This time around, I'm marshalling my support system for my second attempt. Since my mom was my biggest detractor the first time, I'm planning to bring her to the classes and sessions I'm attending in preparation for C's birth, so that she can understand why I'm doing this, and also so we can find a way for her to still be involved. I do understand that my mom comes from a generation where everyone was formula-fed and I also realized that my insistence on breastfeeding pushed out the grandmother-and-baby-time that she was craving, so I'm hoping that by showing her how much her support means to me, and how much it can affect my success as a breastfeeding mom, I can get her on my side this time.

4. "The days are long, but the years are short."

This is another quote that I read from another article written by a fellow mommy. Breastfeeding my baby was incredibly tiring and it was hard, and sometimes it took all my strength just to get through each day, but for the short time that I was able to nurse my son, I loved knowing that we had this special time together, that there was this one thing that no one else in the world (or at least in the house) would be able to do for him. I especially liked being able to hold him in my arms and just stare at him to my heart's content, while he nursed from my breast and fell asleep. I'd count his little fingers and toes over and over again and I'd kiss his little cheeks or his forehead and just breathe in his little baby smell.

I take comfort in these memories and it makes me look forward to my second journey as a breastfeeding mom. Last night as I was falling asleep, and often in the past few weeks since J learned how to walk, I lamented the fact that my very active fifteen month old toddler no longer likes cuddling with Mama, since it gets in the way of his play and exploration time. Even the briefest of hugs and kisses seem to be such an annoyance for him. The days and months just flew by, and now my baby is becoming a little boy. Before I know it, he will be a school boy, then be a teenager, and he'll be embarrassed when I show him affection. I won't be able to get back the time that I had with J when he was a newborn, but I think knowing how fast time passes and how quickly our children grow up will remind me to treasure the very special time that I will spend nursing C at my breast. While he was at my breast, nothing existed but J and me, and I loved that, and I'm hoping for the same experience with C.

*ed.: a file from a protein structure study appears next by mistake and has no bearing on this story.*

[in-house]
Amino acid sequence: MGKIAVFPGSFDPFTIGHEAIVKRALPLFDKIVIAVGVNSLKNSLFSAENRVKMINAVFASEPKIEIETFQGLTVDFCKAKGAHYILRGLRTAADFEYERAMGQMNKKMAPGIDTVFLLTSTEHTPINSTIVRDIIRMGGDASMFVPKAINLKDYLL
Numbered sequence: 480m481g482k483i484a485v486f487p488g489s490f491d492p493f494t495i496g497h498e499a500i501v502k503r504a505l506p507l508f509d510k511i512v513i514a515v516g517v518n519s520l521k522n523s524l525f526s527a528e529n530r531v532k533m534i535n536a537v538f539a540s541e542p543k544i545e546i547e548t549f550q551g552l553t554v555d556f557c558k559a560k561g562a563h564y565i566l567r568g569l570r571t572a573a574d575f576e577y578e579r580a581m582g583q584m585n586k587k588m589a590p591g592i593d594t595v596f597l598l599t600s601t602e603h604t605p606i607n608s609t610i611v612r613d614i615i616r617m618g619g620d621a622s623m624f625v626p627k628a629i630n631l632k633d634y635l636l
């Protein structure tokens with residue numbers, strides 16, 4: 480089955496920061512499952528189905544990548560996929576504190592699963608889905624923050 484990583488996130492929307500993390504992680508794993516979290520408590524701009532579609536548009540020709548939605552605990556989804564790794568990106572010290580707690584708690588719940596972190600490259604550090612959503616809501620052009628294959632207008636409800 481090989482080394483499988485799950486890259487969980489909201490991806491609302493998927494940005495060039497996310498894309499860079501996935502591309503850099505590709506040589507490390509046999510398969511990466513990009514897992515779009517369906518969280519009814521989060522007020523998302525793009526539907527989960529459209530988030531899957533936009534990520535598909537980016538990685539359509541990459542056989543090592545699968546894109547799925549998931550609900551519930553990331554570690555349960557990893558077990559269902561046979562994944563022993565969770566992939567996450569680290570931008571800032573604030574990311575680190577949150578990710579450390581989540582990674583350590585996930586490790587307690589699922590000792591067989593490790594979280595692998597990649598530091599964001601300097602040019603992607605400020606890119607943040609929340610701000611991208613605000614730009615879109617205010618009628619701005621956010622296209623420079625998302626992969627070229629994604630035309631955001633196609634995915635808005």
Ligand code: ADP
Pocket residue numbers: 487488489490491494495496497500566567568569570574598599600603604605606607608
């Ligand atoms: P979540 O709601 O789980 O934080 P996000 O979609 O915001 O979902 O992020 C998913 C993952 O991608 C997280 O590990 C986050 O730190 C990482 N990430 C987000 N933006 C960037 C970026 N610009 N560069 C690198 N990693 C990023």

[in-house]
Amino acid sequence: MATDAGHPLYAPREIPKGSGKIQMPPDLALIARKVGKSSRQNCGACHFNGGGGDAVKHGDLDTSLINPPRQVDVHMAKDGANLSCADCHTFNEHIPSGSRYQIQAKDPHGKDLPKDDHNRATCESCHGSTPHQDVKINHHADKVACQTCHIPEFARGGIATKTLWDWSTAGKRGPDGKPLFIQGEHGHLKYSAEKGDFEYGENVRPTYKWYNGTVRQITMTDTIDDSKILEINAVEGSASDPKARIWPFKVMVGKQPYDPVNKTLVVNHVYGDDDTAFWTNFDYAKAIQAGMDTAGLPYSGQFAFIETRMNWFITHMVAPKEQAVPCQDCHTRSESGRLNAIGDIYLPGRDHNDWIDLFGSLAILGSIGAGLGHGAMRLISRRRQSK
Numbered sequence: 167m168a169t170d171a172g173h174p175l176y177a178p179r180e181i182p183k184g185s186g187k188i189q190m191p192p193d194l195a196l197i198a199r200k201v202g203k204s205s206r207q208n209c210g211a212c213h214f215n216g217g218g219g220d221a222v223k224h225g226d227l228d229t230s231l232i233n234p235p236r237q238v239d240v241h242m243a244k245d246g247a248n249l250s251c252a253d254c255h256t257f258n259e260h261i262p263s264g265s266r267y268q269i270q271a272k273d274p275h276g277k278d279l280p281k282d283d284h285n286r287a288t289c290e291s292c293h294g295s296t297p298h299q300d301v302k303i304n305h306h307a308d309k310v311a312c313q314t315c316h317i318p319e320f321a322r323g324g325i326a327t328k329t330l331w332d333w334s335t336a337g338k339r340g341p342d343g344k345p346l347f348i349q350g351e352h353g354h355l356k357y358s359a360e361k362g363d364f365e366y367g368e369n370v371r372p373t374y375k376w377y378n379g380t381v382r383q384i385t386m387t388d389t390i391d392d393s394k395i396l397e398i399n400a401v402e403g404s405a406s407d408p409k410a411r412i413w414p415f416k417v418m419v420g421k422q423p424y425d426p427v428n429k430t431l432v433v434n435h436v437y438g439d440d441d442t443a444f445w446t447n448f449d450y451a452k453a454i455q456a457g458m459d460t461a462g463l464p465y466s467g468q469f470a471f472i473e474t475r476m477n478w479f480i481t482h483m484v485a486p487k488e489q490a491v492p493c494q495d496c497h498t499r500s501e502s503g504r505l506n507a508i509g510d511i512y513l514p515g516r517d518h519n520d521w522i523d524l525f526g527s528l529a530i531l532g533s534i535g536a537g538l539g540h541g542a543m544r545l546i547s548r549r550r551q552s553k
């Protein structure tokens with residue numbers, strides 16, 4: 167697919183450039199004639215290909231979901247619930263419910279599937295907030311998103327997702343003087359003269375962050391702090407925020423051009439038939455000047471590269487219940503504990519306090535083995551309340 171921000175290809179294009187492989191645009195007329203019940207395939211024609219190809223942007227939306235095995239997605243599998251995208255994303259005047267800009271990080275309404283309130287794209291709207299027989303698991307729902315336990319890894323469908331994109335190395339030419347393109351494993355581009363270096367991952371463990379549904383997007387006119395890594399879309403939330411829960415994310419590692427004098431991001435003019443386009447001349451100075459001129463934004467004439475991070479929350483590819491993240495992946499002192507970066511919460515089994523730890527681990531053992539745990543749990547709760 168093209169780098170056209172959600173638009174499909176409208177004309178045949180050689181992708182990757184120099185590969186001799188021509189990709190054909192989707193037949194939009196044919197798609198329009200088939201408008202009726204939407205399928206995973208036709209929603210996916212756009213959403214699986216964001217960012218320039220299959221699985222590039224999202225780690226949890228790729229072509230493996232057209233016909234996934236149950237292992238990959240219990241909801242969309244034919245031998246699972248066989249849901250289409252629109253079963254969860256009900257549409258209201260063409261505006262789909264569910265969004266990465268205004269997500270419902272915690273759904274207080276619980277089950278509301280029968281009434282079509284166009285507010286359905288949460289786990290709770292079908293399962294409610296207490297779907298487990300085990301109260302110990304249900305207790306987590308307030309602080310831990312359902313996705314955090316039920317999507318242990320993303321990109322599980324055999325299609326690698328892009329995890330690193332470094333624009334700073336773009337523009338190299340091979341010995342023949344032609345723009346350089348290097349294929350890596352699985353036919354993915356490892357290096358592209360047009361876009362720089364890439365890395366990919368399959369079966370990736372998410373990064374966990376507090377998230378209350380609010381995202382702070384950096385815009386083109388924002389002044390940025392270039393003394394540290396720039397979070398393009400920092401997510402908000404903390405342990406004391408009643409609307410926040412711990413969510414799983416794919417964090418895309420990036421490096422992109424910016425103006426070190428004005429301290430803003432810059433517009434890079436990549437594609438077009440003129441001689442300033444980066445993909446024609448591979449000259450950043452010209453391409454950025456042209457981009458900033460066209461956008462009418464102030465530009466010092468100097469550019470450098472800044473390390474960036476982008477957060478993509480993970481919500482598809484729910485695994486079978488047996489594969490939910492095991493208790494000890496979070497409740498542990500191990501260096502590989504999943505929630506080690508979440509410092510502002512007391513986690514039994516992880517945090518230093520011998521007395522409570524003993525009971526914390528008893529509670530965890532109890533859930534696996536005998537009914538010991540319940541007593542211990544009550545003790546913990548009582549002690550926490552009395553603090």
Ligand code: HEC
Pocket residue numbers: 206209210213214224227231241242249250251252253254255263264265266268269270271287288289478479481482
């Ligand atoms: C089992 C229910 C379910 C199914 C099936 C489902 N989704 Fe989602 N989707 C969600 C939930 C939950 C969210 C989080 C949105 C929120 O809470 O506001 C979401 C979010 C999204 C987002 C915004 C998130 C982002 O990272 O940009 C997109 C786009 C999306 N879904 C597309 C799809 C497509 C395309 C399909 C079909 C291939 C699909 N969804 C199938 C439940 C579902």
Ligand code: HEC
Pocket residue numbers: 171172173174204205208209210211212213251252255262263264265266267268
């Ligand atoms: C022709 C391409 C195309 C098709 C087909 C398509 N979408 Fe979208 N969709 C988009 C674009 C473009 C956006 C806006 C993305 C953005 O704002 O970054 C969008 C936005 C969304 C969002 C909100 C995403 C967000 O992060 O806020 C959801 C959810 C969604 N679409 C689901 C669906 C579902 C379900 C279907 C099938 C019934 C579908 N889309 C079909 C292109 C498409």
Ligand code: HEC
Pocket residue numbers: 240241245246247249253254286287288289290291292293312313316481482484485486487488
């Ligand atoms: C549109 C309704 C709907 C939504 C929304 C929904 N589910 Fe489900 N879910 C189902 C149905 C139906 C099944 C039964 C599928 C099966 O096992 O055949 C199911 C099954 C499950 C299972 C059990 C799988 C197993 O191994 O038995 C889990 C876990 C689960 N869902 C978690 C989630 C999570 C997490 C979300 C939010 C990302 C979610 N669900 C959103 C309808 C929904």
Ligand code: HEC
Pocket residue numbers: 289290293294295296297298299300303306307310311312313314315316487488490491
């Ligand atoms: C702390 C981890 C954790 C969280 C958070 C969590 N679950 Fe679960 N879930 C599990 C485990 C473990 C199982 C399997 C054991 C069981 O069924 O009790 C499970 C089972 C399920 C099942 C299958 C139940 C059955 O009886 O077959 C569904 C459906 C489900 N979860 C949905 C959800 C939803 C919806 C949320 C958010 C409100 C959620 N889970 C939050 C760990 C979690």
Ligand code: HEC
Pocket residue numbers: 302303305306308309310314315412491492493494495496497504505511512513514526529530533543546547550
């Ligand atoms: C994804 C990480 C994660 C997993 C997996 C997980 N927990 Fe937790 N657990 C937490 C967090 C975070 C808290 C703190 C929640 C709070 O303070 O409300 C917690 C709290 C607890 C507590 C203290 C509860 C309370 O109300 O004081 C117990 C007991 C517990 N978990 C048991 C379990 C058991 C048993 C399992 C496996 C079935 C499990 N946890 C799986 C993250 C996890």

To end this post, I'd like to share a quote I read from another breastfeeding mom's entry to the Milk Mama Diaries Festival. It's a quote from Grantly Dick-Read, who is the father of the natural birth movement (I think!). He says: "A newborn baby only has three demands: warmth from the arms of its mother, food from her breasts and knowledge in the security of her presence." 

To read some of the other entries to the Milk Mama Diaries Festival, click here. The entries are at the bottom of J's post. 

The Human Teether

I am a human teether.

At 15 months, my son has four teeth up top, and two at the bottom. In the past week, two more tiny, little baby teeth (I dare you to look at his bottom teeth and not use that description. The top teeth are another story, however. They're HUGE.) are on their way out, and my little one's gums are in a sorry state. Which means that my usually cheery little one has morphed into an irritable little dude, who drools non-stop and gums on everything in sight, including me.

I have a tiny bruise on the inside of my forearm, where JTK took a loving nip yesterday morning. A loving nip means he bit down with all the might in his little body in his quest to relieve the soreness in his mouth. Last night, the poor little dude accidentally hit his mouth against the back of the chair, which meant huge teardrops from him and lots of hugs and kisses from Mama. Before he went to bed, he took another loving nip, this time on my forehead (which thankfully did not leave a bruise). This morning, he found my Bratz jammies fascinating (or he found the little cartoons annoying) and took more loving nips on my right knee, which by now has a nasty bruise.

So in addition to the stretch marks on my tummy, I have new additions to my collection of mommy-battle scars: bite marks from a teething toddler. Here's hoping the rest of his teeth magically appear overnight. (Don't I wish!) :)